It is unclear which country would take Mr Demjanjuk
A man accused of being a guard at a Nazi death camp during World War II has finally lost his legal fight to stay in the United States.
John Demjanjuk, 88, migrated to the US in the 1950s. He was extradited to Israel and sentenced to death for war crimes, but the ruling was overturned.
He returned to the US but was accused of lying on his immigration application about working for the Nazis.
The US Supreme Court has now rejected his appeal against deportation.
The BBC's Jack Izzard in Washington says it remains unclear whether any country is willing to take Mr Demjanjuk in - or prosecute him again.
The Supreme Court on Monday refused to hear an appeal by the retired Ohio car worker.
DEMJANJUK CASE TIMELINE
1951: Gains entry into the US, claiming he spent most of the war as a German prisoner
1977: First charged with war crimes, accused of being "Ivan the Terrible"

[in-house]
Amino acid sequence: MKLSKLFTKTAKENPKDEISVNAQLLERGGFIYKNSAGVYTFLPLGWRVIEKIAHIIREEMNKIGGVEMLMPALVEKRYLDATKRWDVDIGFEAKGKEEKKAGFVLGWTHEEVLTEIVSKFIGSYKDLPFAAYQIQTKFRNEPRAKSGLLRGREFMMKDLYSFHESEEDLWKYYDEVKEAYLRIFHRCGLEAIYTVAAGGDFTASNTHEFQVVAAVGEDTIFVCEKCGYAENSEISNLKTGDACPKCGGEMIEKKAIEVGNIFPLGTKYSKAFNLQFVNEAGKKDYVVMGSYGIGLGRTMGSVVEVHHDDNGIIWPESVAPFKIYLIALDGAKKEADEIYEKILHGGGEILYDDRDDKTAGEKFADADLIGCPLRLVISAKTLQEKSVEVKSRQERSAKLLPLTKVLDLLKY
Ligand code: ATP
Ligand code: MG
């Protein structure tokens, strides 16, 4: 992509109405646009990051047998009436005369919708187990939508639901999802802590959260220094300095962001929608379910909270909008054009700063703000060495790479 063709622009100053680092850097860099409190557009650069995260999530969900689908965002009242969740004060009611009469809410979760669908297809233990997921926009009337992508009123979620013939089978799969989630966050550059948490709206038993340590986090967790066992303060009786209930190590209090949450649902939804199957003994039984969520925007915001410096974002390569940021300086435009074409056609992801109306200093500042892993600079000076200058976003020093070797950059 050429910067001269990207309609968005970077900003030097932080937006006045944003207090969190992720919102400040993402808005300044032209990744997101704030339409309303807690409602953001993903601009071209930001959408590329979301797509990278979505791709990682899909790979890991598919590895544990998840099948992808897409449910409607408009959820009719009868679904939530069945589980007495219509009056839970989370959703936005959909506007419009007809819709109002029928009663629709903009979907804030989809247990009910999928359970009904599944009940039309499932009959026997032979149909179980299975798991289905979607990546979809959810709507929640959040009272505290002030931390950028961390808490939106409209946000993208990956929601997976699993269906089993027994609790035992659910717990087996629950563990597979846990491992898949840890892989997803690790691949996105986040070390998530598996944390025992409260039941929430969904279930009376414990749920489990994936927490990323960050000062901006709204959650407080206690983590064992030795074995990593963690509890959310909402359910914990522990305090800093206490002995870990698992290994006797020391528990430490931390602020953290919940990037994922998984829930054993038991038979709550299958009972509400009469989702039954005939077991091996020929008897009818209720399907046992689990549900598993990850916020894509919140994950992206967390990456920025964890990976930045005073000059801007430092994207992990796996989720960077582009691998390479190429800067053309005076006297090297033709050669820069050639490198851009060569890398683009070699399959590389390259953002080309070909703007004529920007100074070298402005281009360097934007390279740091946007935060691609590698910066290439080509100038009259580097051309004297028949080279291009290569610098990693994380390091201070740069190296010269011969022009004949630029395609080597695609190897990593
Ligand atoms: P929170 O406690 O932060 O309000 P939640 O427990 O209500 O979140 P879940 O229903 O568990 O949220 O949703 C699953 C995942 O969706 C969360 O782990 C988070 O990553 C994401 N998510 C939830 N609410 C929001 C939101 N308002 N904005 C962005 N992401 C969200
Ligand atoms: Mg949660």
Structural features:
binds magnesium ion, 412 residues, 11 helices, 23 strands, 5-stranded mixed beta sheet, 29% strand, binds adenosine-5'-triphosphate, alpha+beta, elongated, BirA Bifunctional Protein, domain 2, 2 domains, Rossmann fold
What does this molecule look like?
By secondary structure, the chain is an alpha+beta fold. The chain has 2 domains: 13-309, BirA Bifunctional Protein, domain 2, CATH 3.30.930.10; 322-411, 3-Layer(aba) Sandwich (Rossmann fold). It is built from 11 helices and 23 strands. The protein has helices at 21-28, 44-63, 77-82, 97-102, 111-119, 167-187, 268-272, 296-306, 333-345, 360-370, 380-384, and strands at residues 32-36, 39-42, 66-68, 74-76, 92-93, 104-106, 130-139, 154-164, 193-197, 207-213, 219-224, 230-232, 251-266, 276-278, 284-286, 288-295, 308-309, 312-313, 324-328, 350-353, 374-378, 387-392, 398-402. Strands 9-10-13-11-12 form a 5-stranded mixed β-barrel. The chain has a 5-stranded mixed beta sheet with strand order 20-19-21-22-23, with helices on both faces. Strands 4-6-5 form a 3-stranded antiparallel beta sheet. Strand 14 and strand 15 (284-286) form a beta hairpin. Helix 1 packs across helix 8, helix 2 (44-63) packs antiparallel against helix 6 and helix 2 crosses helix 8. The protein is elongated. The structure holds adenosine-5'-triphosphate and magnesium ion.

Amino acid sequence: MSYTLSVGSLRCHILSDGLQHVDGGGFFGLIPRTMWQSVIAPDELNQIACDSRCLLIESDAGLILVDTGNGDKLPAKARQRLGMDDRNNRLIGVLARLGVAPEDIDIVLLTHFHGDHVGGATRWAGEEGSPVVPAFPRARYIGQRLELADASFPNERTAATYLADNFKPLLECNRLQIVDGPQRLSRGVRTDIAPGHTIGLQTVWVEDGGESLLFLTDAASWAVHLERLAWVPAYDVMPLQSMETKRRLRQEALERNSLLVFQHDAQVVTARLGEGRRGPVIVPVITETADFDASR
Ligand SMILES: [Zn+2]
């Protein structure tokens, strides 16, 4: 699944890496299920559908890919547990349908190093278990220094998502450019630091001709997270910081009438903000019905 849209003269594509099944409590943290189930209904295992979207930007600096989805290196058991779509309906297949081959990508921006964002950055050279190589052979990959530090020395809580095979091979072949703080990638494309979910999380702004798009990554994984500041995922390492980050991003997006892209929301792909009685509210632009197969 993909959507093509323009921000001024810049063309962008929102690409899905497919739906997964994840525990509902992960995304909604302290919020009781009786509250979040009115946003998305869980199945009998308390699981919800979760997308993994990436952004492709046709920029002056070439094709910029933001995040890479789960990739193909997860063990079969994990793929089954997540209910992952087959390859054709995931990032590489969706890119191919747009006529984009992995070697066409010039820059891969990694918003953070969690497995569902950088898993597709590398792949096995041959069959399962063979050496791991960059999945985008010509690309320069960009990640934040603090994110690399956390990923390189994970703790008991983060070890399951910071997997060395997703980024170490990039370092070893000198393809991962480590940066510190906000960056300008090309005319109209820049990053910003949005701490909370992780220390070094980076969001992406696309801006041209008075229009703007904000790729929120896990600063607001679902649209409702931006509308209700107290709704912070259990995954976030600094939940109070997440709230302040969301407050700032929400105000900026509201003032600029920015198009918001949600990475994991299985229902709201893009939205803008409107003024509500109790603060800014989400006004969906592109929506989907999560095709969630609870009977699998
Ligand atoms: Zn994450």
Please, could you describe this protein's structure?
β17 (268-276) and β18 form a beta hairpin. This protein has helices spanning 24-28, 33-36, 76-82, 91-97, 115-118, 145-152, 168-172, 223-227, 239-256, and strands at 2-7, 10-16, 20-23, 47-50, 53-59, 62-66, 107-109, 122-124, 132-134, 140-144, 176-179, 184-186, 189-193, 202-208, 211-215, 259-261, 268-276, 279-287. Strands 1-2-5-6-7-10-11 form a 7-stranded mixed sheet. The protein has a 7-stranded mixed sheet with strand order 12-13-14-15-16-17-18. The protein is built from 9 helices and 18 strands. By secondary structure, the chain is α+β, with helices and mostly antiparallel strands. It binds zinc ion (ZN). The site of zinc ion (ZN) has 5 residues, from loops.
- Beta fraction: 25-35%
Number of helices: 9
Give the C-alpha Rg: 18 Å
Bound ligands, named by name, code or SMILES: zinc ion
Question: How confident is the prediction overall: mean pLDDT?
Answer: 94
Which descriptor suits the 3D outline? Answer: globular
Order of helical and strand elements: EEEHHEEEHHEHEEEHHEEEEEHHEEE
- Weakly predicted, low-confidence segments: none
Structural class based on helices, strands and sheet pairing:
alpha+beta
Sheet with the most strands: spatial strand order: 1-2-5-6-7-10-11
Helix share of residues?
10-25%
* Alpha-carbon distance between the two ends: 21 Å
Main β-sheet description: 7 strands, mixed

1986: Extradited to Israel
1993: Israeli Supreme Court overturns conviction, ruling that he is not Ivan the Terrible
2002: Loses US citizenship after a judge said there was proof he worked at Nazi camps
2005: A judge rules in favour of deportation to his native Ukraine
2006: Loses appeal against deportation
2007: Loses final Supreme Court appeal
Mr Demjanjuk has always insisted he was a prisoner of war with the Nazis, rather than a guard serving under them.
His lawyers have argued he would be tortured if sent back to Ukraine.
Mr Demjanjuk was briefly deported to Israel amid a 30-year legal battle over his past.
At the time, he was suspected of having been a notorious concentration camp guard, known by the nickname "Ivan the Terrible".
But his name was eventually cleared in an Israeli court and he was spared the death penalty.
In 2002, a US immigration judge ruled that there was enough evidence to prove Mr Demjanjuk had been a guard at several Nazi death camps and again stripped him of his citizenship.
He lost an appeal against the decision in 2004.
In December 2006, the Board of Immigration Appeals upheld a 2005 deportation order which said there was no evidence to prove Mr Demjanjuk would be tortured if he returned to Ukraine.